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October 29, 2018

Socially assistive robots for children on the autism spectrum


Study to advance in-home robots that adapt to the individual needs of children with autism

Many children on the autism spectrum respond positively to robots, and interaction with socially assistive robots generally improves the social behaviors of children with autism, in addition to motivating them to learn.

With support from the National Science Foundation (NSF), roboticist Maja Matarić, educational psychologist Gisele Ragusa and a team in the Viterbi School of Engineering at the University of Southern California are developing fundamental computational techniques that will enable the design, implementation and evaluation of robots that encourage social and cognitive growth in children with autism spectrum disorder and other developmental challenges.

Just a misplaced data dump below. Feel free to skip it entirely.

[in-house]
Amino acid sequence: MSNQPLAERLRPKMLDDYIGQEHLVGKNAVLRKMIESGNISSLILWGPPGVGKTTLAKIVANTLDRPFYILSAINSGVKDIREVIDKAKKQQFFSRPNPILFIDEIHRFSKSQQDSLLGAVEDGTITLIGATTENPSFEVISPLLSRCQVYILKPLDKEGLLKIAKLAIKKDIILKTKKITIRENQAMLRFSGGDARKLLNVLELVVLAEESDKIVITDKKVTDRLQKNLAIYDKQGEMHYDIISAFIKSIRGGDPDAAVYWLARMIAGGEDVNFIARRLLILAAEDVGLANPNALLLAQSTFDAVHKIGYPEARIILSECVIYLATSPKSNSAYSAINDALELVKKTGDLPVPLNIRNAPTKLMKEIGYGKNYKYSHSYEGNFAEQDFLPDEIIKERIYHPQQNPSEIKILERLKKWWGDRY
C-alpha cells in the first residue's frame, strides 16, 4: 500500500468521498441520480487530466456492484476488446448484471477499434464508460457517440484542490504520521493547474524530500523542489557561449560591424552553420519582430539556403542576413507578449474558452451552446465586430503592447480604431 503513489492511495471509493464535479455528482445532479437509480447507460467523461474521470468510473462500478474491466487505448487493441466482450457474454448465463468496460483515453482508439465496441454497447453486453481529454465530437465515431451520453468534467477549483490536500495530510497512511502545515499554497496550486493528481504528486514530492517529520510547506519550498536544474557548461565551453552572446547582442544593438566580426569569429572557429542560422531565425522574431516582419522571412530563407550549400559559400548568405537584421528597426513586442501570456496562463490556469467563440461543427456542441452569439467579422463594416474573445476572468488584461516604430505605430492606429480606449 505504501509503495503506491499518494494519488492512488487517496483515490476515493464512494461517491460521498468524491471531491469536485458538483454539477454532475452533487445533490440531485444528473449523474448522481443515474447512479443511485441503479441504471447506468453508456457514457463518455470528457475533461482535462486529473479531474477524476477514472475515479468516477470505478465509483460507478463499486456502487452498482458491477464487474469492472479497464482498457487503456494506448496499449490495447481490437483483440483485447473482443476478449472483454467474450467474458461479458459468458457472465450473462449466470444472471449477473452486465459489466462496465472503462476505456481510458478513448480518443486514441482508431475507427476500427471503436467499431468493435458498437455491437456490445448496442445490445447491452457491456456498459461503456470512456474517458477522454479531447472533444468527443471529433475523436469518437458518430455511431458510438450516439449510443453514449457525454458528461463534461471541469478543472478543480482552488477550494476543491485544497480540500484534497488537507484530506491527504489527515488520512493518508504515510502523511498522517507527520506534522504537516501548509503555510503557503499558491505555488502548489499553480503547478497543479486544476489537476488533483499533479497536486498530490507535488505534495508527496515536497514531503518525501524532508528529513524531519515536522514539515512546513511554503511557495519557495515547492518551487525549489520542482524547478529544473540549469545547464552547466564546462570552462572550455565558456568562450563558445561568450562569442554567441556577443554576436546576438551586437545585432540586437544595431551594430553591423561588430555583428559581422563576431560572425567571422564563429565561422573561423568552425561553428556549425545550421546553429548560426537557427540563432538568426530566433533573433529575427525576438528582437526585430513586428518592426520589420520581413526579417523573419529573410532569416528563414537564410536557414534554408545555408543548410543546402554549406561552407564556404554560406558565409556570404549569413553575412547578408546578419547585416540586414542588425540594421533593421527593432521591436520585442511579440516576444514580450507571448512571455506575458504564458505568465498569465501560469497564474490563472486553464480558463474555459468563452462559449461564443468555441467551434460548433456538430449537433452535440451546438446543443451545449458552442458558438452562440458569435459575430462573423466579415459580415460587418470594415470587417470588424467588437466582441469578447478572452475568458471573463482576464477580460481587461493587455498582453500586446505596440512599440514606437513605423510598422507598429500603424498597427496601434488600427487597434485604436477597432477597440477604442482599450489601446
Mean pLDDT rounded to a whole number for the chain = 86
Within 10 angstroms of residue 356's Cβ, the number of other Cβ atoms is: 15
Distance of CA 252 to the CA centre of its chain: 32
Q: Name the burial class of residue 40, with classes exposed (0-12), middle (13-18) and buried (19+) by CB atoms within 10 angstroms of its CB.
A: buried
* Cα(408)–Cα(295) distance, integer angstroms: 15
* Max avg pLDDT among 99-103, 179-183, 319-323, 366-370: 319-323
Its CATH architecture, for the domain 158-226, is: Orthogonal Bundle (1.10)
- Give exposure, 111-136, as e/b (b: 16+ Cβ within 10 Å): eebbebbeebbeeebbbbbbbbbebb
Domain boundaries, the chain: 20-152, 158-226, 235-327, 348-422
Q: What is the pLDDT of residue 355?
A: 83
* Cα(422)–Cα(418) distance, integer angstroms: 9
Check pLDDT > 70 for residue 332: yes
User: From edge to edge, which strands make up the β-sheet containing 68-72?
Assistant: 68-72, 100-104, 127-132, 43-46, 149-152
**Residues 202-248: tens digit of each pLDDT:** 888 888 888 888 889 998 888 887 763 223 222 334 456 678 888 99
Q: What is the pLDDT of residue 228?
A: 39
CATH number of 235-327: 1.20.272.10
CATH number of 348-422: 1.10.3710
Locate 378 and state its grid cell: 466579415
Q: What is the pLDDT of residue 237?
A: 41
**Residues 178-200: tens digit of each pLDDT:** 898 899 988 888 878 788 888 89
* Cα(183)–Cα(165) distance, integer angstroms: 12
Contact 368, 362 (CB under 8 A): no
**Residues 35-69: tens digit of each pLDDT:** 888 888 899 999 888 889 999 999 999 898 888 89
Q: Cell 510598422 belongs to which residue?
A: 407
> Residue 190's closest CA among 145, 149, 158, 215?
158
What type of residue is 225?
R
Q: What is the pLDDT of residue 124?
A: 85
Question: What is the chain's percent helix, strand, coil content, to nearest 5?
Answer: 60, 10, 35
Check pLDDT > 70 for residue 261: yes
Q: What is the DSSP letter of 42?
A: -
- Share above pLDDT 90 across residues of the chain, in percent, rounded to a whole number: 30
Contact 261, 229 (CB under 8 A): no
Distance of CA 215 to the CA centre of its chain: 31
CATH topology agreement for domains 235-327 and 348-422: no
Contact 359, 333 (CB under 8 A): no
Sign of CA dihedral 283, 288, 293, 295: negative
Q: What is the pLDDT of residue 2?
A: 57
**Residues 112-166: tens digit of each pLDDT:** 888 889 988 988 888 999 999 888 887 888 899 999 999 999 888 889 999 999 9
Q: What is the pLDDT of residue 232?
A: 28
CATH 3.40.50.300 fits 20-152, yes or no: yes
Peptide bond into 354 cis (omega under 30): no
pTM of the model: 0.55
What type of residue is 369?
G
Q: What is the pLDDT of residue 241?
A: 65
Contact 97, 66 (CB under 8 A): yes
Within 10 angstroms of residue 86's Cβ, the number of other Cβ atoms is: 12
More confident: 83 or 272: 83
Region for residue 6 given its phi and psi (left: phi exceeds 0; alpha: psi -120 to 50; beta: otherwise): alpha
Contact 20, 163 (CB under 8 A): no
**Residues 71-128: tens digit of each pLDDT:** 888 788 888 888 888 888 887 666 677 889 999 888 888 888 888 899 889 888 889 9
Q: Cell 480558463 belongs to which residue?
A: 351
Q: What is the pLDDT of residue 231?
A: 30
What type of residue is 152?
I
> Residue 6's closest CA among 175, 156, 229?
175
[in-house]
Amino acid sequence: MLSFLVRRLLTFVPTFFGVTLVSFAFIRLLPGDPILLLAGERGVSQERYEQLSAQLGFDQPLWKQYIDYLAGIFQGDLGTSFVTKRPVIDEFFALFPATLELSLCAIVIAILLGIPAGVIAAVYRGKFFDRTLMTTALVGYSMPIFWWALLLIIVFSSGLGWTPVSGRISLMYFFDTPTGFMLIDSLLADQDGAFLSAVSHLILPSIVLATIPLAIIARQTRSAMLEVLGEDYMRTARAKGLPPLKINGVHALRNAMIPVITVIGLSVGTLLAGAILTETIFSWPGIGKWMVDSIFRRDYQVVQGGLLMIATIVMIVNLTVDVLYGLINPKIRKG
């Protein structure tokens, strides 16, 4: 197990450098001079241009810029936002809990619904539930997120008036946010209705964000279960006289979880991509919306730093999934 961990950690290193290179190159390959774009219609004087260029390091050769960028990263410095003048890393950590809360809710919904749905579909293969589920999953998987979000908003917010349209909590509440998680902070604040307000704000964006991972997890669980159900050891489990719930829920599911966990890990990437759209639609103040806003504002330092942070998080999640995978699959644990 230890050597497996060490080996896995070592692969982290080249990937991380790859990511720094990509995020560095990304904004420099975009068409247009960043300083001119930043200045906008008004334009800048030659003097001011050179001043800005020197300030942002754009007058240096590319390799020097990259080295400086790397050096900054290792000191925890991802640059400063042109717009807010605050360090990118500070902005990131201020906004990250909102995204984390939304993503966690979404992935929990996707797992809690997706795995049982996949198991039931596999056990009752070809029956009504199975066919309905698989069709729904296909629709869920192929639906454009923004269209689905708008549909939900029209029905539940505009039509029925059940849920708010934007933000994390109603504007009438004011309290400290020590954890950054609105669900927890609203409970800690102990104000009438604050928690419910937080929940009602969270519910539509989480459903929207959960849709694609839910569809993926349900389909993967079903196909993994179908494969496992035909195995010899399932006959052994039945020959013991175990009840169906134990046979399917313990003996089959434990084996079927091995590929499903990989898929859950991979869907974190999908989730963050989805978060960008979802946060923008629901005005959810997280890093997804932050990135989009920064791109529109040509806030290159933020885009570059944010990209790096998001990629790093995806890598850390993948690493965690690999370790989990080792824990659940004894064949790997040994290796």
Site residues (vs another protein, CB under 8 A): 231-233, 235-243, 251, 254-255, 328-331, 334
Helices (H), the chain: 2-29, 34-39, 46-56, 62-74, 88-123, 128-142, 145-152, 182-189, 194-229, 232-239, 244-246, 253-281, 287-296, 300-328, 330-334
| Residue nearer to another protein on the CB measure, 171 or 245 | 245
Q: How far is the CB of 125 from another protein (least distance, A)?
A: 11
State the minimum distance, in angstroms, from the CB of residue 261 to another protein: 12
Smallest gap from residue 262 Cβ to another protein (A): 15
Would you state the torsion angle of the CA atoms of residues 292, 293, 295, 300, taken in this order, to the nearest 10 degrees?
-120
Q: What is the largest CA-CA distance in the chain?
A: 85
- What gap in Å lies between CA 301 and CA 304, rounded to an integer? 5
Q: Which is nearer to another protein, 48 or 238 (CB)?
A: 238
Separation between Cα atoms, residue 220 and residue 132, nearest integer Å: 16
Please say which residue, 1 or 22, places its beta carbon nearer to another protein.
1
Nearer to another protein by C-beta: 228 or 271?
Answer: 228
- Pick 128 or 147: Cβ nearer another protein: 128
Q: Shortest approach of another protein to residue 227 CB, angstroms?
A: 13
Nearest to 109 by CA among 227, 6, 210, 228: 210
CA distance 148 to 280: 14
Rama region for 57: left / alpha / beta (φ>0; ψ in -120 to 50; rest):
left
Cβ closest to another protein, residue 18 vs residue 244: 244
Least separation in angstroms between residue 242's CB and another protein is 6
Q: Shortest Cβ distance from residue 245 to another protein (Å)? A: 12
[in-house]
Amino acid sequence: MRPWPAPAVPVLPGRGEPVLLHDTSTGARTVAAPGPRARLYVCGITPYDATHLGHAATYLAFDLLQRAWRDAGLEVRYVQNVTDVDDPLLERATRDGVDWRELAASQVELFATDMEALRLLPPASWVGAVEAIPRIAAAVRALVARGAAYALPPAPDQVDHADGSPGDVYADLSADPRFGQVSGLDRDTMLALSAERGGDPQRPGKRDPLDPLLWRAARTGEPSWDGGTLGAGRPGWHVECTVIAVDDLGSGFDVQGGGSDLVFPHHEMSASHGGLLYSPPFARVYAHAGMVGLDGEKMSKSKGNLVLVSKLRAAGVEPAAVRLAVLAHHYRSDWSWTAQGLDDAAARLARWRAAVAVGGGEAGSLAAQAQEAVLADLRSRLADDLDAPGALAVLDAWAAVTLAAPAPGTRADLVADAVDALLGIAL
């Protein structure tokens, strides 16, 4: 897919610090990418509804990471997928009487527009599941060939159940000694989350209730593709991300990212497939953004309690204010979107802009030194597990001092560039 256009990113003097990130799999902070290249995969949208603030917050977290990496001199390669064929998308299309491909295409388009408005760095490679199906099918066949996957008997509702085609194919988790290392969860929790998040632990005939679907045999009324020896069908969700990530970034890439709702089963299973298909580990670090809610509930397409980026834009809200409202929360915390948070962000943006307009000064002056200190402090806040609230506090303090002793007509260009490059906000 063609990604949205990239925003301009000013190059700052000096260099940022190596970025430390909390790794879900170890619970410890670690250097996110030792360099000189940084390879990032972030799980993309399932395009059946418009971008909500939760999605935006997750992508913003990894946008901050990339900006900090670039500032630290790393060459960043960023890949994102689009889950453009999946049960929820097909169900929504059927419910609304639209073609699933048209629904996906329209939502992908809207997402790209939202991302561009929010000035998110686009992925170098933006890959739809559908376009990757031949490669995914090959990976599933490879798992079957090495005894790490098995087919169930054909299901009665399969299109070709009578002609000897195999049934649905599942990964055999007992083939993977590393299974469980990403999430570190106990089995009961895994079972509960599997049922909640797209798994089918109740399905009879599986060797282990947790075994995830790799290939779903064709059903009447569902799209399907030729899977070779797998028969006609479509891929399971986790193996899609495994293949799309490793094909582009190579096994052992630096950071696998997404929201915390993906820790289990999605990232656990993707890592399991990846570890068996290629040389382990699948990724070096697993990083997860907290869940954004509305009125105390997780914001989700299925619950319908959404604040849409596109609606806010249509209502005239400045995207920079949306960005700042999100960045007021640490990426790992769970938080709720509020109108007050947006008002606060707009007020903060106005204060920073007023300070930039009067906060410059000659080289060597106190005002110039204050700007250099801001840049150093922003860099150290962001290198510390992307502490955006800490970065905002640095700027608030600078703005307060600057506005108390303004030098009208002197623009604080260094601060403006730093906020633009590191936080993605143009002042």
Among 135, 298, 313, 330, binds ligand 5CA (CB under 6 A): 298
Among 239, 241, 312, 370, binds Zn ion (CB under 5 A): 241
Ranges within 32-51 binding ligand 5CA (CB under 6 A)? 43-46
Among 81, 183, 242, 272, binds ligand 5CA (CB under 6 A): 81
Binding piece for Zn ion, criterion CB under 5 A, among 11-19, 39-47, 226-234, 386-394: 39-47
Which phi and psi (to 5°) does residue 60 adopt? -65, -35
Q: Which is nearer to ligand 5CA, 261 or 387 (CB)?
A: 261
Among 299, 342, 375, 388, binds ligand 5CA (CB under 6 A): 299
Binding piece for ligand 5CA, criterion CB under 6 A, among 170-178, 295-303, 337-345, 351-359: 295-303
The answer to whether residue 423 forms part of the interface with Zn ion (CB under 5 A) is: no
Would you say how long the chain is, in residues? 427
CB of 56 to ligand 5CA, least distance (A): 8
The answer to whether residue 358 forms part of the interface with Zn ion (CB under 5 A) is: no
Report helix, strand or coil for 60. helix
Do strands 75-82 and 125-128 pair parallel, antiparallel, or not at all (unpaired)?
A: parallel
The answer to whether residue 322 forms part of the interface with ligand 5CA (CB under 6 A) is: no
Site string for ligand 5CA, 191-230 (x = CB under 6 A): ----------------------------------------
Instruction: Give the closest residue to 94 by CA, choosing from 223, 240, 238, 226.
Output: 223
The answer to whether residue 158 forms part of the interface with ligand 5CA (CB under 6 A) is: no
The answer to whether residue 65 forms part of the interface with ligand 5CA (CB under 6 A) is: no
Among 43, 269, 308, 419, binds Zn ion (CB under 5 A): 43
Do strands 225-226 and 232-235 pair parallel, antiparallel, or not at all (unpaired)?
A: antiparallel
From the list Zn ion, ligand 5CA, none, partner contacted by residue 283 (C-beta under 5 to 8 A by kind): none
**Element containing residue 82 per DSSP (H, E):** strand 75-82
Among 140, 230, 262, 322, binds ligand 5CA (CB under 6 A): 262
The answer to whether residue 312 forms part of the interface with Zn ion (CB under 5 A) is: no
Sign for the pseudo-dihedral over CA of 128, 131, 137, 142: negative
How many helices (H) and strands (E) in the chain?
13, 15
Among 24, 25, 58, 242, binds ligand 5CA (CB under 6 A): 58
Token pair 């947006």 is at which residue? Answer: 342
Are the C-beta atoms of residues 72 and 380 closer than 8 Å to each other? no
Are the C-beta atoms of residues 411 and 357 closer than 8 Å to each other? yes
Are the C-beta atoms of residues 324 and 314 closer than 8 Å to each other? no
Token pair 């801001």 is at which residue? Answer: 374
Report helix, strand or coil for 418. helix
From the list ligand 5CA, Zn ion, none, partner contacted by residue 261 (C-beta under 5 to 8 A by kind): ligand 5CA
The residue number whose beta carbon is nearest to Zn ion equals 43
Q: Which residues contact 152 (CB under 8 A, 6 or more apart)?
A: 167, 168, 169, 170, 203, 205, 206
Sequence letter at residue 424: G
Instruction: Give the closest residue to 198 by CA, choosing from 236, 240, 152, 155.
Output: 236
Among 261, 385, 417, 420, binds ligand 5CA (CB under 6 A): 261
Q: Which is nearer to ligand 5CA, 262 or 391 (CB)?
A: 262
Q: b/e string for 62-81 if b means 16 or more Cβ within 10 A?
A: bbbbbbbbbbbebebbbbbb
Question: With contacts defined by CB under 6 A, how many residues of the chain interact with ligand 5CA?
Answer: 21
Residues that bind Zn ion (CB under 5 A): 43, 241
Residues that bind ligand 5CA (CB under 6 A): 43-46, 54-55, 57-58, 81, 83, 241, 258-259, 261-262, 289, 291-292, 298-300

Clinicians and families struggle to provide individualized educational services for children with social and cognitive difficulties. This research aims to support the children with socially assistive robots, customized to each child's individual needs, to help guide the children toward long-term behavioral goals.

The research in this episode was supported by NSF award #1139148, Collaborative Research: Socially Assistive Robots.

Miles O'Brien, Science Nation Correspondent
Kate Tobin, Science Nation Producer


Any opinions, findings, conclusions or recommendations presented in this material are only those of the presenter grantee/researcher, author, or agency employee; and do not necessarily reflect the views of the National Science Foundation.